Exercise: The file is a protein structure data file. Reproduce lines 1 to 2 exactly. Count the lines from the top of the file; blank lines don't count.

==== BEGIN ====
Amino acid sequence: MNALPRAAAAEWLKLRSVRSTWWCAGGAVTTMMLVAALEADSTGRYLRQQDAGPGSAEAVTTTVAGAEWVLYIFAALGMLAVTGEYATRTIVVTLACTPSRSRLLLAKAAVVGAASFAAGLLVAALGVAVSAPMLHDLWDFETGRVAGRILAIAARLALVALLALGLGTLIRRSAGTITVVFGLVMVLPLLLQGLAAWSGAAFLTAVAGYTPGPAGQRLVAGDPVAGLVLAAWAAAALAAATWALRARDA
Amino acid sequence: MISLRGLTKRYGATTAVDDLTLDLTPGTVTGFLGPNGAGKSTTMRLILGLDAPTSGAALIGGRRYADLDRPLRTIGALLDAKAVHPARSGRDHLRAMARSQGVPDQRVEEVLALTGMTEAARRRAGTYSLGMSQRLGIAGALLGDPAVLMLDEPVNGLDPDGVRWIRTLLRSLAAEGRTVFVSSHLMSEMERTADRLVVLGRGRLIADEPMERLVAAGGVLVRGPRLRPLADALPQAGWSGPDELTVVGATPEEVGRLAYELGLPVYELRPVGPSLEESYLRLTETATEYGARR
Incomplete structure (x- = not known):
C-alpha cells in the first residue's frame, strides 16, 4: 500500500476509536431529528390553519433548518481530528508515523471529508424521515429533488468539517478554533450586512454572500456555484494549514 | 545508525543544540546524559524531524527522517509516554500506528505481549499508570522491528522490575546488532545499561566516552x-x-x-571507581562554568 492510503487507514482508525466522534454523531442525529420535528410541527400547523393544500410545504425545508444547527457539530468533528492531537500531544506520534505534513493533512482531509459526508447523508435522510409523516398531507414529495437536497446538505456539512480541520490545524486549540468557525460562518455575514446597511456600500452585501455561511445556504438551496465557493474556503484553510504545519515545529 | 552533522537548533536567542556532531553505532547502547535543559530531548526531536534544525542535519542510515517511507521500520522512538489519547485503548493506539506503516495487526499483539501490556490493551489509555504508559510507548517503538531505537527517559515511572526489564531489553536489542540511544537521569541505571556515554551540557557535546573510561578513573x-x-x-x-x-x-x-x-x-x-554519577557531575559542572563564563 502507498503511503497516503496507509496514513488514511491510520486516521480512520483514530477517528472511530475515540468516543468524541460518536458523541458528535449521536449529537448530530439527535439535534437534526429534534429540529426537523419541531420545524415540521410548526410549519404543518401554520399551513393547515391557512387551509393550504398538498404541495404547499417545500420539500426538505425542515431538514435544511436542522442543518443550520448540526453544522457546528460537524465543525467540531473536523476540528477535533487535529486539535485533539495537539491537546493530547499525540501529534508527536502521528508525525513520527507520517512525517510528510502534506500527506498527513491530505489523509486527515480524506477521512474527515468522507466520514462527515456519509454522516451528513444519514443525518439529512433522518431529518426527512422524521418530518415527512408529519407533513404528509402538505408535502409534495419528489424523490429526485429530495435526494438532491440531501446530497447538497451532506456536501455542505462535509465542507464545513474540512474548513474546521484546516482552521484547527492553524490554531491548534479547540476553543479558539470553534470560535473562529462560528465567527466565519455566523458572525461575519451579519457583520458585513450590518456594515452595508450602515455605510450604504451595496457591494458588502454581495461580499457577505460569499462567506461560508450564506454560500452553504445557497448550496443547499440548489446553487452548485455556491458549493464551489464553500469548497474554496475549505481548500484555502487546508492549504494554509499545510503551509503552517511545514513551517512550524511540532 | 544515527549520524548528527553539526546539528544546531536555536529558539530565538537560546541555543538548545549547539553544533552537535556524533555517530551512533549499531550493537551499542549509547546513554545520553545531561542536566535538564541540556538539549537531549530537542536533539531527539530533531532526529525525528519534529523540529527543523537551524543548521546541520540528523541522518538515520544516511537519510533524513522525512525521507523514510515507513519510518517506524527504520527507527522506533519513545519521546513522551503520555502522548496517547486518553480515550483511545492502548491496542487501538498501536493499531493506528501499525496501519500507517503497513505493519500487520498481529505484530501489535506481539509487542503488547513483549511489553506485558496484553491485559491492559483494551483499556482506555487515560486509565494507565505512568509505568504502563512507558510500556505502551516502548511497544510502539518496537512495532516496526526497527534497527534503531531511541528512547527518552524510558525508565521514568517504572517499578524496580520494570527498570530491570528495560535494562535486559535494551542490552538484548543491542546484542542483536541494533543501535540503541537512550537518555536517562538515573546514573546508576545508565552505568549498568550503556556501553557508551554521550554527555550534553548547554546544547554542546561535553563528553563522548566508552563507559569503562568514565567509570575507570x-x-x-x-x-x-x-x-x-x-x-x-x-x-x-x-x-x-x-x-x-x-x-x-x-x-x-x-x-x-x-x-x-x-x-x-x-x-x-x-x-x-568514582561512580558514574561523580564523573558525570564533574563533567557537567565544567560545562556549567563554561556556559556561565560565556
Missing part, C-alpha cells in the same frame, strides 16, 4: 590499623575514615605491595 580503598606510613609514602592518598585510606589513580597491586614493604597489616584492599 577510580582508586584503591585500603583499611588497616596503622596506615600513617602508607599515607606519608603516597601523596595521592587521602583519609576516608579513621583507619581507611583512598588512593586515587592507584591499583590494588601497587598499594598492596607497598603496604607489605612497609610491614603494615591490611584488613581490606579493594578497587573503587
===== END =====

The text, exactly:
Amino acid sequence: MNALPRAAAAEWLKLRSVRSTWWCAGGAVTTMMLVAALEADSTGRYLRQQDAGPGSAEAVTTTVAGAEWVLYIFAALGMLAVTGEYATRTIVVTLACTPSRSRLLLAKAAVVGAASFAAGLLVAALGVAVSAPMLHDLWDFETGRVAGRILAIAARLALVALLALGLGTLIRRSAGTITVVFGLVMVLPLLLQGLAAWSGAAFLTAVAGYTPGPAGQRLVAGDPVAGLVLAAWAAAALAAATWALRARDA
Amino acid sequence: MISLRGLTKRYGATTAVDDLTLDLTPGTVTGFLGPNGAGKSTTMRLILGLDAPTSGAALIGGRRYADLDRPLRTIGALLDAKAVHPARSGRDHLRAMARSQGVPDQRVEEVLALTGMTEAARRRAGTYSLGMSQRLGIAGALLGDPAVLMLDEPVNGLDPDGVRWIRTLLRSLAAEGRTVFVSSHLMSEMERTADRLVVLGRGRLIADEPMERLVAAGGVLVRGPRLRPLADALPQAGWSGPDELTVVGATPEEVGRLAYELGLPVYELRPVGPSLEESYLRLTETATEYGARR